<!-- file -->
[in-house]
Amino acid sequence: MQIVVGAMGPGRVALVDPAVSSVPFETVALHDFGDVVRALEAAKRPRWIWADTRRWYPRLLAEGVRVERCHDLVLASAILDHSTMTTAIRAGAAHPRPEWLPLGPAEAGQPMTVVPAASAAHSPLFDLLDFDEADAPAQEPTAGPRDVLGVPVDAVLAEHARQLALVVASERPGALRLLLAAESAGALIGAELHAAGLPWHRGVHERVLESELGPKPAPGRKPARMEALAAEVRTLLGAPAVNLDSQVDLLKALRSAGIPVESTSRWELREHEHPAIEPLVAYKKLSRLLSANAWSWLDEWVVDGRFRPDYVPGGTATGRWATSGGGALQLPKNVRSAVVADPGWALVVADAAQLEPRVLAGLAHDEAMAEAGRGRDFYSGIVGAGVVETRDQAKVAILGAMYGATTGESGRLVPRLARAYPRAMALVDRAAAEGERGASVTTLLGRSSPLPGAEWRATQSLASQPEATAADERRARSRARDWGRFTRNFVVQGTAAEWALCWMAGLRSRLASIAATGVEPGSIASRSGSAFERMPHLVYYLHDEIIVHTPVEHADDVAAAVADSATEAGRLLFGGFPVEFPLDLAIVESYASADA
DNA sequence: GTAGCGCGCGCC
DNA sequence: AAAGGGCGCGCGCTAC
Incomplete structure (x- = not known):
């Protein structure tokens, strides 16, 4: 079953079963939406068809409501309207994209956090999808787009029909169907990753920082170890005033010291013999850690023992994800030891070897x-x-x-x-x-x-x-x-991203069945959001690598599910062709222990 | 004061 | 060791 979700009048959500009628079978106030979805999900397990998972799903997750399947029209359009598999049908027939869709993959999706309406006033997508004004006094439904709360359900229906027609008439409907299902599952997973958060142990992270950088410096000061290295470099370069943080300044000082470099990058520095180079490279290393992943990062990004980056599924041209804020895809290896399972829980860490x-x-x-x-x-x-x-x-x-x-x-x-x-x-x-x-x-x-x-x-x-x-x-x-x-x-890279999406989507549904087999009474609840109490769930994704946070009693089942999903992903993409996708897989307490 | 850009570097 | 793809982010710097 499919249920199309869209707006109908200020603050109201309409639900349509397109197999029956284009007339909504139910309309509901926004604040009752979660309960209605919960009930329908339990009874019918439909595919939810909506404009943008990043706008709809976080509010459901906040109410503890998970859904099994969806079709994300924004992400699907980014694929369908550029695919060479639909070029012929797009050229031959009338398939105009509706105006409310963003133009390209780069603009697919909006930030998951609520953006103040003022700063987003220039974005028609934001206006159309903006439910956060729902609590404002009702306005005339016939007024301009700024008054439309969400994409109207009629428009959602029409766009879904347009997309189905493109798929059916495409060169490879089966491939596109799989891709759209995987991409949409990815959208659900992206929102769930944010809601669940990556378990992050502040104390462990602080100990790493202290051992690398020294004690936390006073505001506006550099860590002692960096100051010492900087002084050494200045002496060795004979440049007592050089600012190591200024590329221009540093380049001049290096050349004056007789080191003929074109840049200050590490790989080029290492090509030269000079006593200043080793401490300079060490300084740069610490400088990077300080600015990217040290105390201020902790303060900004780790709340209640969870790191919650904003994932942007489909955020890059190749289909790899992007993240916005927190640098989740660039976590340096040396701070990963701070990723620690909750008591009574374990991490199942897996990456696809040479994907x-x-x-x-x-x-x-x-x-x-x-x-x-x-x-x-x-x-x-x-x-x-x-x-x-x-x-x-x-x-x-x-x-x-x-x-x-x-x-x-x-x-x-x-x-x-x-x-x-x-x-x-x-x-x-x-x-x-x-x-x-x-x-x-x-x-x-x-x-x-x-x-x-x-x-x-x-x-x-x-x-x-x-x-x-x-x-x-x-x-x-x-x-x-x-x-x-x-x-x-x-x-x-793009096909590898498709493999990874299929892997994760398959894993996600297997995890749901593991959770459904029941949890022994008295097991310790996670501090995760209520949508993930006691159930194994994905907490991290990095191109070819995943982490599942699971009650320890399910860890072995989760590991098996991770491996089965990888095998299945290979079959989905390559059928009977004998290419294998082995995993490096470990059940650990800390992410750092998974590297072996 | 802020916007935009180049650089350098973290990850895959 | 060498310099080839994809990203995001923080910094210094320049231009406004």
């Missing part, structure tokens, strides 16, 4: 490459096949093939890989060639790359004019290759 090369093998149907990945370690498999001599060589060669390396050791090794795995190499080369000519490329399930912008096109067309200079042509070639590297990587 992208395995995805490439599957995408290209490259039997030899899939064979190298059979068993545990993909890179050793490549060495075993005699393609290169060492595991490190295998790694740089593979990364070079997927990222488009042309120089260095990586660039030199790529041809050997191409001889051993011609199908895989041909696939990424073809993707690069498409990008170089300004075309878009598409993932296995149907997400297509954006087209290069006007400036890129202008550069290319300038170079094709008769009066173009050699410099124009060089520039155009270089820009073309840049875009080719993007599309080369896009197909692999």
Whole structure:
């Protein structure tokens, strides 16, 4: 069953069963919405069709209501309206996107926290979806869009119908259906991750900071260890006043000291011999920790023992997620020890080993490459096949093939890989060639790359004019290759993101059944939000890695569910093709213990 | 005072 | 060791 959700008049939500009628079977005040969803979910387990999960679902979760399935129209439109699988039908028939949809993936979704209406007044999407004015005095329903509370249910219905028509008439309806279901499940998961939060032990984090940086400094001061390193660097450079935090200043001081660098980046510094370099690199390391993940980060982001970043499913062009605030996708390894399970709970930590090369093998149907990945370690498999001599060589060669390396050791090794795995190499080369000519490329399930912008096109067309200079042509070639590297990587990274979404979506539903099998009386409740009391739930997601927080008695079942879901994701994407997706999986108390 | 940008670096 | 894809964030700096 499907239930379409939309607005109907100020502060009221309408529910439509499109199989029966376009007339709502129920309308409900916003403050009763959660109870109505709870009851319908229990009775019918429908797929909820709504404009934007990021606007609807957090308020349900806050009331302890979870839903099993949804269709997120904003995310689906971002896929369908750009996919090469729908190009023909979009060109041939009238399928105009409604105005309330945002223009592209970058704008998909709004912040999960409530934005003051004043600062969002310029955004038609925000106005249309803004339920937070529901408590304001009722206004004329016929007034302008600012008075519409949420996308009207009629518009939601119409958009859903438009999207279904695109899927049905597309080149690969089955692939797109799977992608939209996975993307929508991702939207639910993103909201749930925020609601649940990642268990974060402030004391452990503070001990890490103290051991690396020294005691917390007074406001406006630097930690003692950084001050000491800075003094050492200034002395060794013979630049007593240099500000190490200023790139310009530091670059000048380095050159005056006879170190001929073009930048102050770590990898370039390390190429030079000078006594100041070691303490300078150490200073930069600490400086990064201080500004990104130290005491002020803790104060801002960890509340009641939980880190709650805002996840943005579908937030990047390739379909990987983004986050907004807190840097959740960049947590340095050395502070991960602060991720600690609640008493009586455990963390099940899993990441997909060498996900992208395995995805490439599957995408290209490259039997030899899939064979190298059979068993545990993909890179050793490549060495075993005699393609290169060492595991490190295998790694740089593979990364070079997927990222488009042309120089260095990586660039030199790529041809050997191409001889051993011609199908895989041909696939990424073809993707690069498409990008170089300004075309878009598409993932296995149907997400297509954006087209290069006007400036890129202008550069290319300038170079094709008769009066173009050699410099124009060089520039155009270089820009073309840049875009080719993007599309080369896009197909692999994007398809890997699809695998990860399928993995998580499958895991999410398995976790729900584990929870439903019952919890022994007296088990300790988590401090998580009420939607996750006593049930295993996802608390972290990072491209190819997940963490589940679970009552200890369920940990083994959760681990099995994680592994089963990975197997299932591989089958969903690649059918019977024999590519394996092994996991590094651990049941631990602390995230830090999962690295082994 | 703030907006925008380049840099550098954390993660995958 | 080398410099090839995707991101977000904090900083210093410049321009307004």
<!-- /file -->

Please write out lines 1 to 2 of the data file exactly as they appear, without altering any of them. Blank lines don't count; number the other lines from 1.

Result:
[in-house]
Amino acid sequence: MQIVVGAMGPGRVALVDPAVSSVPFETVALHDFGDVVRALEAAKRPRWIWADTRRWYPRLLAEGVRVERCHDLVLASAILDHSTMTTAIRAGAAHPRPEWLPLGPAEAGQPMTVVPAASAAHSPLFDLLDFDEADAPAQEPTAGPRDVLGVPVDAVLAEHARQLALVVASERPGALRLLLAAESAGALIGAELHAAGLPWHRGVHERVLESELGPKPAPGRKPARMEALAAEVRTLLGAPAVNLDSQVDLLKALRSAGIPVESTSRWELREHEHPAIEPLVAYKKLSRLLSANAWSWLDEWVVDGRFRPDYVPGGTATGRWATSGGGALQLPKNVRSAVVADPGWALVVADAAQLEPRVLAGLAHDEAMAEAGRGRDFYSGIVGAGVVETRDQAKVAILGAMYGATTGESGRLVPRLARAYPRAMALVDRAAAEGERGASVTTLLGRSSPLPGAEWRATQSLASQPEATAADERRARSRARDWGRFTRNFVVQGTAAEWALCWMAGLRSRLASIAATGVEPGSIASRSGSAFERMPHLVYYLHDEIIVHTPVEHADDVAAAVADSATEAGRLLFGGFPVEFPLDLAIVESYASADA